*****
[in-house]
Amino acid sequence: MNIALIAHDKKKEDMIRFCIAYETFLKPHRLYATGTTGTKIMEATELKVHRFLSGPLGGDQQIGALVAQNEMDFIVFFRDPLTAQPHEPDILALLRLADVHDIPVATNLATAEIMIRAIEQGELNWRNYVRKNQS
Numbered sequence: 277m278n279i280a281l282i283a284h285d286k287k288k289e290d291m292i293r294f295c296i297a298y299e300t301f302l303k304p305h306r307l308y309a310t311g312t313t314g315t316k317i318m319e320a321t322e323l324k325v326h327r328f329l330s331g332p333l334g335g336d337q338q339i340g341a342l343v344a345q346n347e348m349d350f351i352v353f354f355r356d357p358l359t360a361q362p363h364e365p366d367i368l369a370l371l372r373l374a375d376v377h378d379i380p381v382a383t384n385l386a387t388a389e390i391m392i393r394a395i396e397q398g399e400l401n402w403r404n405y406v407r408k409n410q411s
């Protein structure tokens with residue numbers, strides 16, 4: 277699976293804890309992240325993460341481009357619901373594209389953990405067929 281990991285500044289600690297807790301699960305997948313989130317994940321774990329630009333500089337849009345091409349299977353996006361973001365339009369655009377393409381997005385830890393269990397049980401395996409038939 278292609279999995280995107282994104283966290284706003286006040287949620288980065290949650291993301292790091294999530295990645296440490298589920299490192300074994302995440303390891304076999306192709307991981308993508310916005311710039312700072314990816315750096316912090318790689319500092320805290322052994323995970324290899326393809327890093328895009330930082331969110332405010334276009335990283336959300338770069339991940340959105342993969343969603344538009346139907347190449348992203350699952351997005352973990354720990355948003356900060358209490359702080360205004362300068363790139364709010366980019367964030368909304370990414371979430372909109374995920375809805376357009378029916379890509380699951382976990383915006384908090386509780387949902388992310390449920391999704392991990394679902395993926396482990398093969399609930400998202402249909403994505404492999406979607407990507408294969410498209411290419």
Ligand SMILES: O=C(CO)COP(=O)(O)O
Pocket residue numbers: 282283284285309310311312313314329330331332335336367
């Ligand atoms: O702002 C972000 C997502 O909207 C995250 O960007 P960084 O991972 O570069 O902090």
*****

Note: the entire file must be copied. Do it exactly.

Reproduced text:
[in-house]
Amino acid sequence: MNIALIAHDKKKEDMIRFCIAYETFLKPHRLYATGTTGTKIMEATELKVHRFLSGPLGGDQQIGALVAQNEMDFIVFFRDPLTAQPHEPDILALLRLADVHDIPVATNLATAEIMIRAIEQGELNWRNYVRKNQS
Numbered sequence: 277m278n279i280a281l282i283a284h285d286k287k288k289e290d291m292i293r294f295c296i297a298y299e300t301f302l303k304p305h306r307l308y309a310t311g312t313t314g315t316k317i318m319e320a321t322e323l324k325v326h327r328f329l330s331g332p333l334g335g336d337q338q339i340g341a342l343v344a345q346n347e348m349d350f351i352v353f354f355r356d357p358l359t360a361q362p363h364e365p366d367i368l369a370l371l372r373l374a375d376v377h378d379i380p381v382a383t384n385l386a387t388a389e390i391m392i393r394a395i396e397q398g399e400l401n402w403r404n405y406v407r408k409n410q411s
């Protein structure tokens with residue numbers, strides 16, 4: 277699976293804890309992240325993460341481009357619901373594209389953990405067929 281990991285500044289600690297807790301699960305997948313989130317994940321774990329630009333500089337849009345091409349299977353996006361973001365339009369655009377393409381997005385830890393269990397049980401395996409038939 278292609279999995280995107282994104283966290284706003286006040287949620288980065290949650291993301292790091294999530295990645296440490298589920299490192300074994302995440303390891304076999306192709307991981308993508310916005311710039312700072314990816315750096316912090318790689319500092320805290322052994323995970324290899326393809327890093328895009330930082331969110332405010334276009335990283336959300338770069339991940340959105342993969343969603344538009346139907347190449348992203350699952351997005352973990354720990355948003356900060358209490359702080360205004362300068363790139364709010366980019367964030368909304370990414371979430372909109374995920375809805376357009378029916379890509380699951382976990383915006384908090386509780387949902388992310390449920391999704392991990394679902395993926396482990398093969399609930400998202402249909403994505404492999406979607407990507408294969410498209411290419």
Ligand SMILES: O=C(CO)COP(=O)(O)O
Pocket residue numbers: 282283284285309310311312313314329330331332335336367
């Ligand atoms: O702002 C972000 C997502 O909207 C995250 O960007 P960084 O991972 O570069 O902090």